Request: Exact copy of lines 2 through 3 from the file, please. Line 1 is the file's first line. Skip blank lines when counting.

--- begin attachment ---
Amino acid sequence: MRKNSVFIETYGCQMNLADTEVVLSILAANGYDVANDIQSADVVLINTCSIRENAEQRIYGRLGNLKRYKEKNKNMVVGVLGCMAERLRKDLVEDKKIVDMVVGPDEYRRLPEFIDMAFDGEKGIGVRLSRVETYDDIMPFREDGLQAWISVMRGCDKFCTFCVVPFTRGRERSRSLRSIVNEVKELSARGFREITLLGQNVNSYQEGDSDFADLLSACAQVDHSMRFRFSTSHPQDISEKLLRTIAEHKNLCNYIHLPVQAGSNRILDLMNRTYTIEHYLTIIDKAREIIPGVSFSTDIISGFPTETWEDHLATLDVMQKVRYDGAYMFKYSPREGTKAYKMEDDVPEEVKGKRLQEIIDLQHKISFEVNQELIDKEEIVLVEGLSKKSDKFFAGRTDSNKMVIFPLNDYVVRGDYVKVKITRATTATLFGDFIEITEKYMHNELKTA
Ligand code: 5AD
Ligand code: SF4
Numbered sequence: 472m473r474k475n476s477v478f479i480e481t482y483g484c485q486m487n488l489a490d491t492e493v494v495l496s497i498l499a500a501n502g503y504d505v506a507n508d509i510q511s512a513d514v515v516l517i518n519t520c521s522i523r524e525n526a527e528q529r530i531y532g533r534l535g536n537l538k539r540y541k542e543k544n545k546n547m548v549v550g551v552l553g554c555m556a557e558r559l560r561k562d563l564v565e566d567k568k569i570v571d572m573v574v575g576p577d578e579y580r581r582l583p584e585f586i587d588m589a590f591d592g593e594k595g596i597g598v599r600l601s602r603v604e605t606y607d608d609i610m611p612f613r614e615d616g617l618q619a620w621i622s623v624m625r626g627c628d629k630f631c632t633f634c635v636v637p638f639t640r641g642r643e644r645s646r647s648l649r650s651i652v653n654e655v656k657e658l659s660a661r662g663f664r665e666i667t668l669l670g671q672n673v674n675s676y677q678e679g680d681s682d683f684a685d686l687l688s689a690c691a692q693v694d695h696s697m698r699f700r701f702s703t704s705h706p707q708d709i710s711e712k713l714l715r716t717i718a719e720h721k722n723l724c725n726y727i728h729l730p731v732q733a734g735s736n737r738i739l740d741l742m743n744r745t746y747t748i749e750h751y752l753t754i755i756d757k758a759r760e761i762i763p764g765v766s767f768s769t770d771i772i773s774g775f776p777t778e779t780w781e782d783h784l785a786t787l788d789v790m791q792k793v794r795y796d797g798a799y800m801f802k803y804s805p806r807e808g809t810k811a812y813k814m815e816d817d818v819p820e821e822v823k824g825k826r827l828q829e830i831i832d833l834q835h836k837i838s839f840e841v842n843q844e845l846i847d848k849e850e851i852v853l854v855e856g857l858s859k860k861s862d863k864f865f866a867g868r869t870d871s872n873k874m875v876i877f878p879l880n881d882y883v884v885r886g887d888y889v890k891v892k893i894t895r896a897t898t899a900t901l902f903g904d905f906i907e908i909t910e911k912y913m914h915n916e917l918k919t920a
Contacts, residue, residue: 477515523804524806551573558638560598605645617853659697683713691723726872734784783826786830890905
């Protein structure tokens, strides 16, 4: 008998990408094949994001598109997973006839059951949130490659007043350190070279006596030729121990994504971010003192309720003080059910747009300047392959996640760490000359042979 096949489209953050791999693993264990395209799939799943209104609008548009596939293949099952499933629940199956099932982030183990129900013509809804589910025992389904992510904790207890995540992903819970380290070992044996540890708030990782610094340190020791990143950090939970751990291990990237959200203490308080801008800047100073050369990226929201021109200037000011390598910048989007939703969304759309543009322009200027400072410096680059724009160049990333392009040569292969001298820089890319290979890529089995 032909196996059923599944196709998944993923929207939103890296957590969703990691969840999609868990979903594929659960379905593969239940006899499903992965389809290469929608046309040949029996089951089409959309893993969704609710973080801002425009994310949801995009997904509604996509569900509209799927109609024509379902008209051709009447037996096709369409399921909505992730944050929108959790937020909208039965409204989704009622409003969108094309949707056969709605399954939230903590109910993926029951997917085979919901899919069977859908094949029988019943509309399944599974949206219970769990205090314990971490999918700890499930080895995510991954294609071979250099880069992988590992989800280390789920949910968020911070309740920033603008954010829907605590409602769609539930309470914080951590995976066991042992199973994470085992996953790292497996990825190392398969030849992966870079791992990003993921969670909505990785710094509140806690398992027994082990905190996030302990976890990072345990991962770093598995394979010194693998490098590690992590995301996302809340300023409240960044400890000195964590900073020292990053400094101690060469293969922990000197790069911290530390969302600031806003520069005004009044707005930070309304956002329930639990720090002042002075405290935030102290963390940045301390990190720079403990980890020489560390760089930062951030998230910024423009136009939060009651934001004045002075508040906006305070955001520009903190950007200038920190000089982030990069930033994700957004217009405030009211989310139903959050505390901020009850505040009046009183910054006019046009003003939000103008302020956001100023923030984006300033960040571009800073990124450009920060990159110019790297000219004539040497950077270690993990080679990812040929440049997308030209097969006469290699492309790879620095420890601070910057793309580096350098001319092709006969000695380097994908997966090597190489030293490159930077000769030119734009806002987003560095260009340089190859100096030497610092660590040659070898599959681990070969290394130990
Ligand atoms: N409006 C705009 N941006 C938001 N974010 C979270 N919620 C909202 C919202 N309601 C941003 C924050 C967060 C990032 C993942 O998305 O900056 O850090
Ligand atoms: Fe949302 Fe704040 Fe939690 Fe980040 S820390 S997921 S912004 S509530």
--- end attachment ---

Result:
Ligand code: 5AD
Ligand code: SF4